Highly intelligent people can often do quite stupid things.
We woke up this morning to the news that Professor John Ashton, the country’s most senior scientific adviser in the field of public health, was arguing publicly for a debate on reducing the legal age of consent to sex, from 16 to 15.
Now, Ashton probably has perfectly good, public-health-type reasons for arguing this, although the fact that so many young people are already having sex before they are 16 ought not to be one of them. Bad cases do not make good laws. And he is probably right: 15 is no longer a child, lowering the age might paradoxically reduce teenage pregnancies because younger girls would seek advice earlier (of course, boys aren’t involved), German frauleins are legally at-it by 14 and it ought to be up to individuals, not the law, to determine what is appropriate behaviour in their own particular circumstances.
One assumes, too, that Prof Ashton’s intention was not to invite a barrage of death threats from the piss-stained-sofa brigade, spurred on by tabloid headlines and even now reaching for their sharpened Tweeters, shouting: “Kill the paedo Prof!” But on past form that’s what is quite likely to happen next.
Nor, I suppose, was he mentally prepared for the instant clouds of Tory steam emanating from the little indignation boiler kept at Number 10, where dwells a young, married Prime Minister blessed with an entire quiverfull of potentially molestable juveniles.
So, what did he expect would happen if he announced what he was merely thinking?
Ashton might have taken a leaf out of the well-publicised book of his fellow eminent scientist, the aptly named Professor David Nutt. The day after it was extensively reported that another young clubber had died from ingesting some industrial quantity of bespoke designer substance, Prof Nutt took to the airwaves to invite prospective investors to fund the manufacture of a new drug he has invented, that mimics all of the happy results of consuming alcohol without any of the harmful side-effects. (Side issue: sounds really boring.)
Prof Nutt is, or was, the country’s leading specialist in Psychopharmacology – the effects of chemicals on the human brain. Unfortunately, the Government committee he led researching into this subject a few years ago recommended the legalisation of ecstacy and cannabis, or at least a downgrading of the categories of certain drugs, maybe even heroin, I don’t really remember. The committee was instantly disbanded, and Prof Nutt sacked, for daring to make this scientifically respectable suggestion which, naturally, flew in the face of all that is holy regarding the War On Drugs, widely thought outside the office of the editor of the Sun to have been lost almost before it began.
It had perhaps not occurred to him that the first stumbling-block he might encounter was the Rt Hon David Blunkett – possibly the most reactionary and headline-averse Home Secretary we have had in living memory.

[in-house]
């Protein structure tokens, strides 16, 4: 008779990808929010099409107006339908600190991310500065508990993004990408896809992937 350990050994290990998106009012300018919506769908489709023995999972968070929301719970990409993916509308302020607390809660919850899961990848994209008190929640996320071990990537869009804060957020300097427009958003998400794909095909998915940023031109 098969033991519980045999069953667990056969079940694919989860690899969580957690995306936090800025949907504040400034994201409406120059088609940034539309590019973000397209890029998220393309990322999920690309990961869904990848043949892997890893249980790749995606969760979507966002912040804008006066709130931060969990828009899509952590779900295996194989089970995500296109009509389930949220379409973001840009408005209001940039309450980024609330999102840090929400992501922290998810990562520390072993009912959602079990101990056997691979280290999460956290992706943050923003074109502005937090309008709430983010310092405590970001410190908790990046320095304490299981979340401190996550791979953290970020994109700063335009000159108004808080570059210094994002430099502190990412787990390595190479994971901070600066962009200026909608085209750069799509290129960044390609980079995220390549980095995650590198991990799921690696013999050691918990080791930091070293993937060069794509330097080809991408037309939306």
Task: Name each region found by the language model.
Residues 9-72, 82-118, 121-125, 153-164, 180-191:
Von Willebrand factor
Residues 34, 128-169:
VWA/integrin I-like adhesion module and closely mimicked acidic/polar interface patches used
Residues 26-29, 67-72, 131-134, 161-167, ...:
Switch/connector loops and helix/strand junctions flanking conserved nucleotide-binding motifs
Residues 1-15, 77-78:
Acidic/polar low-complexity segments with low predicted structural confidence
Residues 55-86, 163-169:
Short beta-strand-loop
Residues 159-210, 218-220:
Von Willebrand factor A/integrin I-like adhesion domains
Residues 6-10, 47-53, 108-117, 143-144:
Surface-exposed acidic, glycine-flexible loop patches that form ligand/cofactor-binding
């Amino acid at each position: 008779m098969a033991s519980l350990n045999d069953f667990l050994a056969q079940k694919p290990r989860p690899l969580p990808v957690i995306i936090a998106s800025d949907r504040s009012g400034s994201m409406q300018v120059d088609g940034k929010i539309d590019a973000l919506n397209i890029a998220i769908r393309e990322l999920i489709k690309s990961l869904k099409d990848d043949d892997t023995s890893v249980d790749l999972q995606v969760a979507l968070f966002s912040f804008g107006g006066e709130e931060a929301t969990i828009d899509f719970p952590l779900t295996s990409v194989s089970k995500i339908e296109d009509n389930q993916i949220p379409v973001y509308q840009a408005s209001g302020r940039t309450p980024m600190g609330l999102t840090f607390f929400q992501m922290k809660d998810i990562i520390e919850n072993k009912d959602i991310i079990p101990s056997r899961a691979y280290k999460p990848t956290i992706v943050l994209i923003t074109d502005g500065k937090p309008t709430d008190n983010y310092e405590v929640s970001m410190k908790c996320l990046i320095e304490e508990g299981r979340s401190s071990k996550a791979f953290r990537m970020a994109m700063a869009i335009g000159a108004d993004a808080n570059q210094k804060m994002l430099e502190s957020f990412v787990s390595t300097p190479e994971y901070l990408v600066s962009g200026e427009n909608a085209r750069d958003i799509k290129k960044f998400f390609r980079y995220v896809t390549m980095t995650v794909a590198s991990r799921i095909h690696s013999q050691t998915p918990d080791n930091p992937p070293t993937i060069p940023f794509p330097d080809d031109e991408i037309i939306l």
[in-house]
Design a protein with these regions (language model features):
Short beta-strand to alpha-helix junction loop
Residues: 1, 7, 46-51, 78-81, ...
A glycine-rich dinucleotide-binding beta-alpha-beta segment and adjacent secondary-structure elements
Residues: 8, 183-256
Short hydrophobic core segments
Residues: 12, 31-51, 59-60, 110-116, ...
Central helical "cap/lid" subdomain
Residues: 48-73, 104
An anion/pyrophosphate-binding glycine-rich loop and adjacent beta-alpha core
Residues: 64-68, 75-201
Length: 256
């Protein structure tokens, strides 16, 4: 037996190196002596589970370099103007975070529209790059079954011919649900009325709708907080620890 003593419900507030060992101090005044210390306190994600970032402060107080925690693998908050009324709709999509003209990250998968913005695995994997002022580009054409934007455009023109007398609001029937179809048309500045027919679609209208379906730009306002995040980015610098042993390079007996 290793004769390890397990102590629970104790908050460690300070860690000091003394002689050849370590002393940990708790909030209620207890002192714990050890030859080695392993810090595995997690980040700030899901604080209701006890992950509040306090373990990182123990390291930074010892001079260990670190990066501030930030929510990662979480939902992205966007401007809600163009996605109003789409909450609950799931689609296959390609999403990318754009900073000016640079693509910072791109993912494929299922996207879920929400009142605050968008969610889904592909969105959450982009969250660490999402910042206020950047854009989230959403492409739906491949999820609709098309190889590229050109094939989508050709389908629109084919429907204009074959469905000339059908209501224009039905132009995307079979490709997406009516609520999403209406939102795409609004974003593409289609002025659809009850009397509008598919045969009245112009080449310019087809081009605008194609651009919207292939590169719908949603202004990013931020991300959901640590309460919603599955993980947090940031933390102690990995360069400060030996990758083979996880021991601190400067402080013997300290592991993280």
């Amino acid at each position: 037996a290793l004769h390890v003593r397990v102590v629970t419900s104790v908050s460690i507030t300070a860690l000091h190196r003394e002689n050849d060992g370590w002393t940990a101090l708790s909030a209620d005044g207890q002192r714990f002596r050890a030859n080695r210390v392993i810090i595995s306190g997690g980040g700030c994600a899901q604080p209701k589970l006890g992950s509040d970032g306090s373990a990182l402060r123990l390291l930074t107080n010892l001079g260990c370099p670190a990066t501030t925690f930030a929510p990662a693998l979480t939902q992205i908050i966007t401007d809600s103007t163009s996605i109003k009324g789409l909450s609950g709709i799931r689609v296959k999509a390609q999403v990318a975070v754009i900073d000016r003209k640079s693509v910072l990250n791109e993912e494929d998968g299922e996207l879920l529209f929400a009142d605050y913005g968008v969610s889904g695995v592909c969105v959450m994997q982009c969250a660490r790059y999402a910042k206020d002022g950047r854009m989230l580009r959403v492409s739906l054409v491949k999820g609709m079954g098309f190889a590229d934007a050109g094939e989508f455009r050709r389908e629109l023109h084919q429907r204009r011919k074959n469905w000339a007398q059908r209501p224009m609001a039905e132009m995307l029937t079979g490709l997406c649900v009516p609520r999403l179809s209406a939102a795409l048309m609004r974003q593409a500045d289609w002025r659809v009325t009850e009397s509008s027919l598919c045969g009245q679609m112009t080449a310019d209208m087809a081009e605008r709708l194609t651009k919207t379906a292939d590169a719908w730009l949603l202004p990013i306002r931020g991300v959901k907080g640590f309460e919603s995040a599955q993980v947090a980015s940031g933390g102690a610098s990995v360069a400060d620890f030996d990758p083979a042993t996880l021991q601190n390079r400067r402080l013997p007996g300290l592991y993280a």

As a result of the Nutty Prof’s hostage to fortune, providing the Government with a fresh opportunity to restate and reimpose an illiberal policy on the nation’s recreational drug users, the designer-highs industry has flourished as never before. Sinister East Europeans are able to afford houses with three-storey basements in Knightsbridge, and many young Brits have died from the unlicensed psychopharmacological tinkerings of their imported Chinese lab technicians. Collateral damage, apparently.
Prof Ashton, on the other hand, has – pardon the phrase – come up against the strangely puritanical attitude of young Britons to sex. To summarise their arguments, sex is generally to be frowned on. Not a single interviewee under 20 has been found to be in favour of reducing the age of consent; regardless of the fact that, until 100 years ago, we didn’t have an age of consent. Families took responsibility for policing their own children, the overnight ‘sleepover’ at a ‘friend’s house’ had not yet been invented. The working-class would breed like rats, whatever the law said. Perhaps he should have consulted his own children, before risking his reputation.
These eminent men need to take a reality check. They can be as clever and sensible and reasoned and expert as they like. They can even be absolutely bang-on right about stuff.
But they need to leave it to stupid politicians to make the decisions, if they know what’s good for them.
As I have been writing this, the Attorney General of Northern Ireland has proposed a moratorium on the expanding number of expensive police investigations, coroners’ inquests and lawyer-led inquiries into illegal acts, murders basically, carried on over 15 years ago during the so-called Troubles; pointing out, not without reason, that it is costing £millions and preventing policemen and lawyers from catching-up with today’s backlog of unruliness. He too is now a headless corpse, having been decapitated by the snapping teeth of the Prime Minister and just about every victim support group, who now comprise the majority of the population.
What on earth did he expect? Silly man.